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Financial reporting and management accounting information

A friend has asked you for some advice: �My small business now makes a profit; I am only too aware of
this, as I now face a big tax bill each year, when my tax accountant has prepared my annual accounts.
However, I don’t feel much better off personally, so this is not quite what I had expected when I took the
risk of resigning my job and setting up my own firm. The accountant is now trying to persuade me to pay
her even higher fees, by letting her prepare monthly �management accounts� for me. She says that I
would also benefit from something called CVP analysis on my various product lines. I know that you are
now doing an MSc. What does she mean here, and is this likely to be worth my paying her for?�
In formulating your Key Concept Exercise, consider the following questions

�What is the difference between financial reporting and management accounting?

�What are the benefits and potential problems associated with cost-volume-profit (CVP) analysis?

�What advice would you give your friend?

Outline the difference between financial reporting and management accounting information and explain
the benefits and potential problems associated with cost-volume-profit (CVP) analysis. How might the
technique that you have discussed assist your friend in the effective management of his business
resources? What advice would you give him? Base your answer on research, your readings and your

own experiences. Please cite all references.



As a business grows and continually becomes complex, the need to adopt more sophisticated
accounting practices is inevitable in order to effectively manage profitability. Management
financing has gained increased popularity among contemporary businesses because of its
usefulness in decision making, budget and profit prediction. Managing costs is also a core
activity for any organization with an aim of promoting profitability; hence the need to consider
Cost Volume Profit (CVP) Analysis. Having acquired a significant level of knowledge on
accounting, I would advise you to consider your accountant’s suggestion to include management
accounting and CVP analysis besides the normal financial accounting. While this may seem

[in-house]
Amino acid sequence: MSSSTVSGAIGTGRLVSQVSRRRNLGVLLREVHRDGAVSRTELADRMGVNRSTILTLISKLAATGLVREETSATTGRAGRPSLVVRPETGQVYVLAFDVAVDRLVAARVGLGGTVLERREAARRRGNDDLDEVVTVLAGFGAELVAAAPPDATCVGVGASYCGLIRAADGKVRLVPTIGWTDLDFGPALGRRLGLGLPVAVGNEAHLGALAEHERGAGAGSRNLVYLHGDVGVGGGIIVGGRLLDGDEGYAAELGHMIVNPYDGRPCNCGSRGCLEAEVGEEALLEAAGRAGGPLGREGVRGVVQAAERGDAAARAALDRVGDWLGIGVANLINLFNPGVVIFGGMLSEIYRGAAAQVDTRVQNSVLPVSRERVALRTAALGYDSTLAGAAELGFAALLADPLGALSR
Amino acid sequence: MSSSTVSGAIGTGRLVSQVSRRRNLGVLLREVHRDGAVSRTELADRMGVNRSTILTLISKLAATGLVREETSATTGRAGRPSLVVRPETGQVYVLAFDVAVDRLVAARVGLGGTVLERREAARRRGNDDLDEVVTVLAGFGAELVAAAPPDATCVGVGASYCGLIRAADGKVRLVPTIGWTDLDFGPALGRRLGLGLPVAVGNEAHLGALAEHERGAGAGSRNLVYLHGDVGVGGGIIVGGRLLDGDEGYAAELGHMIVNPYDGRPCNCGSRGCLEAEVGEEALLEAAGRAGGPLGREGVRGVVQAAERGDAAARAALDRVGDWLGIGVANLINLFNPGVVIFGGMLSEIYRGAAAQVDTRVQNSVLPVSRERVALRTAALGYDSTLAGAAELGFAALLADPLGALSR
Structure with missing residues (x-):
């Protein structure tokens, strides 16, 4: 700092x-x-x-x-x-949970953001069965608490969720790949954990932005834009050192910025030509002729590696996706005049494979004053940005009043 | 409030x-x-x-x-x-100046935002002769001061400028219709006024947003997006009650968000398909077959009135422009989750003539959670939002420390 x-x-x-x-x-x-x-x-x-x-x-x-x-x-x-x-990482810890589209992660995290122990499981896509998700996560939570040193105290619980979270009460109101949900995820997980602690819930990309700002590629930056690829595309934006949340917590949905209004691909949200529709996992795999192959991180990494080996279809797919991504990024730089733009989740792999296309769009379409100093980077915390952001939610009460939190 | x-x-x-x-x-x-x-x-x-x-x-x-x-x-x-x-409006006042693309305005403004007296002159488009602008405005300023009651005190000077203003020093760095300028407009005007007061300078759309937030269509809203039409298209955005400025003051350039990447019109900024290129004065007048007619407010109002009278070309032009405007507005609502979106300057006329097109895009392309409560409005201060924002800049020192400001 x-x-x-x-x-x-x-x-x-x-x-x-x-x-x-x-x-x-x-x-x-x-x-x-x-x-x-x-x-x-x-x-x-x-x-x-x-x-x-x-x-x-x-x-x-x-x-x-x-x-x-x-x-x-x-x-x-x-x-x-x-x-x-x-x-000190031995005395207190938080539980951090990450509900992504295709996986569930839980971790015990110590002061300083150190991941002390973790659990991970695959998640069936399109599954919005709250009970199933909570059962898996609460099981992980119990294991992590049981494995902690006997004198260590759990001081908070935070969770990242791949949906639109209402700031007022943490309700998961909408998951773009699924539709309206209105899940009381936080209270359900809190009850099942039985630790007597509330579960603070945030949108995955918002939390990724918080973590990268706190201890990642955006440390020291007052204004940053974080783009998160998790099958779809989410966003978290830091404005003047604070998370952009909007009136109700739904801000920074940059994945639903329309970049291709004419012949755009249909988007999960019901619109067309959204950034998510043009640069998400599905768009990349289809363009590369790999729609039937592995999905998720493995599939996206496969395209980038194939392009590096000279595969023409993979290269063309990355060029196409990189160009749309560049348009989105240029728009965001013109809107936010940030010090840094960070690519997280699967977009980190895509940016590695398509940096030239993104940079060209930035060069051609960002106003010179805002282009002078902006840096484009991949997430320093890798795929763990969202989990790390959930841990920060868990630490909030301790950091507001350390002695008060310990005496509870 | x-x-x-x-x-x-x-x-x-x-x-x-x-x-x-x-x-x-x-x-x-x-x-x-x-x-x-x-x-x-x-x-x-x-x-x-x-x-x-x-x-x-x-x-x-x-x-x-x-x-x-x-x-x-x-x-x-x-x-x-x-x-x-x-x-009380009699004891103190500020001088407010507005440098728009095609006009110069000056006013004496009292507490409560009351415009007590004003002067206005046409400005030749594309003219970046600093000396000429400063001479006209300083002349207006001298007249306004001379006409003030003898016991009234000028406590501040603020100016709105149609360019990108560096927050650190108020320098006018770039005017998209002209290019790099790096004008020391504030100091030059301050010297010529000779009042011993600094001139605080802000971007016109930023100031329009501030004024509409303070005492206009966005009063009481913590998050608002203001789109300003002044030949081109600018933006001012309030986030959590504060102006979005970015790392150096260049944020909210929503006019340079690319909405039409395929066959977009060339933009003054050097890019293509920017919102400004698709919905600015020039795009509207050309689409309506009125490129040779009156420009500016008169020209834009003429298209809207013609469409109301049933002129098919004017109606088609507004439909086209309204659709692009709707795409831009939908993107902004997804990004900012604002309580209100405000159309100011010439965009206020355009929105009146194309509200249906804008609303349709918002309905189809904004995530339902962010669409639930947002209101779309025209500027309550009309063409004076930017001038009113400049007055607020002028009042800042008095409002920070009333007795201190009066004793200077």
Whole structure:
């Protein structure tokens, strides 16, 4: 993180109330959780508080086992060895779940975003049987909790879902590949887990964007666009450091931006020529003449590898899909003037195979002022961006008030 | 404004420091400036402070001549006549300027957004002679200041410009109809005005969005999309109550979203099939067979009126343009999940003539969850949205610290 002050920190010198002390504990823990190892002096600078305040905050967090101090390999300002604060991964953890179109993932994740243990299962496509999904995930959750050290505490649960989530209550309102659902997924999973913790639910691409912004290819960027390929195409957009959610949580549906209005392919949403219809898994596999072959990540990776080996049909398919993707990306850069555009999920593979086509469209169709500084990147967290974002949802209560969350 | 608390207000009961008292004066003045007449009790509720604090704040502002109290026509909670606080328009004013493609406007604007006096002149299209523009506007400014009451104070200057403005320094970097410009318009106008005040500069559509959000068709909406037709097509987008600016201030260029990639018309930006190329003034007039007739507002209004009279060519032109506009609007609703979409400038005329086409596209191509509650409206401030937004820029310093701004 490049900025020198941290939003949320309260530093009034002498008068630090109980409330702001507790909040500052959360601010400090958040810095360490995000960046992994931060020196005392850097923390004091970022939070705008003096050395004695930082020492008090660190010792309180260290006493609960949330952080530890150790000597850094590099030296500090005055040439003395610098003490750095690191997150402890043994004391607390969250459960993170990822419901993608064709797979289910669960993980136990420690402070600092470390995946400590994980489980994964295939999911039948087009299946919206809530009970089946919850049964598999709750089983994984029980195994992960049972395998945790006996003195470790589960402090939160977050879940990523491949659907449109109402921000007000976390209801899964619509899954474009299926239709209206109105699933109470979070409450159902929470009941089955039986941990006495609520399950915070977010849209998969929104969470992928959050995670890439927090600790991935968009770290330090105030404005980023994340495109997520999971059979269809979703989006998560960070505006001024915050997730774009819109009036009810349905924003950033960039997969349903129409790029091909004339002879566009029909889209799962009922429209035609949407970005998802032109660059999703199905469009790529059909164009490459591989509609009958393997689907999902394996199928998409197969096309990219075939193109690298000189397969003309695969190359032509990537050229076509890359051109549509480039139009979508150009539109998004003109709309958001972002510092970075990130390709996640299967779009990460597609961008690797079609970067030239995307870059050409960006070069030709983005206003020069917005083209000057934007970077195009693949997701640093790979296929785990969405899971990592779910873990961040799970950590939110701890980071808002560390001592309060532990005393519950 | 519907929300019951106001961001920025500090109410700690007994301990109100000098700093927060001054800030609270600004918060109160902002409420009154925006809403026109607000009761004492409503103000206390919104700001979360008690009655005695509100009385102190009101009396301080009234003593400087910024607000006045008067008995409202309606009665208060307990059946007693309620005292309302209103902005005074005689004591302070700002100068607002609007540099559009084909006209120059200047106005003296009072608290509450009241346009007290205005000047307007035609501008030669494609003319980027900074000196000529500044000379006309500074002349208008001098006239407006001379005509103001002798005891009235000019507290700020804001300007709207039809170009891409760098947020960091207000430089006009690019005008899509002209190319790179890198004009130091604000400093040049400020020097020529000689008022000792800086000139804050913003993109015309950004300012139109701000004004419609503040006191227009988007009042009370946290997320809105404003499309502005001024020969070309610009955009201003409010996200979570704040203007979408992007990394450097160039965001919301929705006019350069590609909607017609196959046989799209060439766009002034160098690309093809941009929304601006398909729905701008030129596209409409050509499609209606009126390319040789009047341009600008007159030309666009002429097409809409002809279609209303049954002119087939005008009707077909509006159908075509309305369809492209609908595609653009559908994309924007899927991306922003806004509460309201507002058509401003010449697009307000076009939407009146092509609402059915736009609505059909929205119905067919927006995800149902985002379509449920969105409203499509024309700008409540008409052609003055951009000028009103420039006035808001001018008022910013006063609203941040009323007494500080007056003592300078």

expensive it is of great benefit in the long-run because you will have greater control of your
business and thus identify better profit making strategies. How then do the above concepts work?
What does one need to know before embarking on them? These are discussed as follows.

Management versus Financial Accounting

The obvious question that would arise from an individual with limited accounting knowledge
would be “why do we need management accounts while we are already preparing financial
statements? Is financial accounting not adequate to provide the management with information for
decision making purposes? The only way to address such sentiments would be to do a
comparison between management accounting and financial accounting in order to show the
importance of management accounting.

Fotache et al (2011, p. 48) notes that one of the most significant difference between financial and
management accounting is that while financial accounting is more about reporting a company’s
performance for a particular accounting period, management accounting focuses on development
reports for specific areas of the business, to track performance, identify any underlying problems
and provide solutions necessary to address them in order to promote profitability. Financial
accounting is generally undertaken for the external audience in a bid to report the organization’s
profitability and financial position while management accounting is meant for internal
stakeholders (Stoicea, Dinu and Stoian, 2011, p. 260 – 262). Essentially, financial accounting is
mostly done for compliance purposes while management accounting is for internal use and the
purpose of reports may therefore vary. This means that it can be more detailed and more specific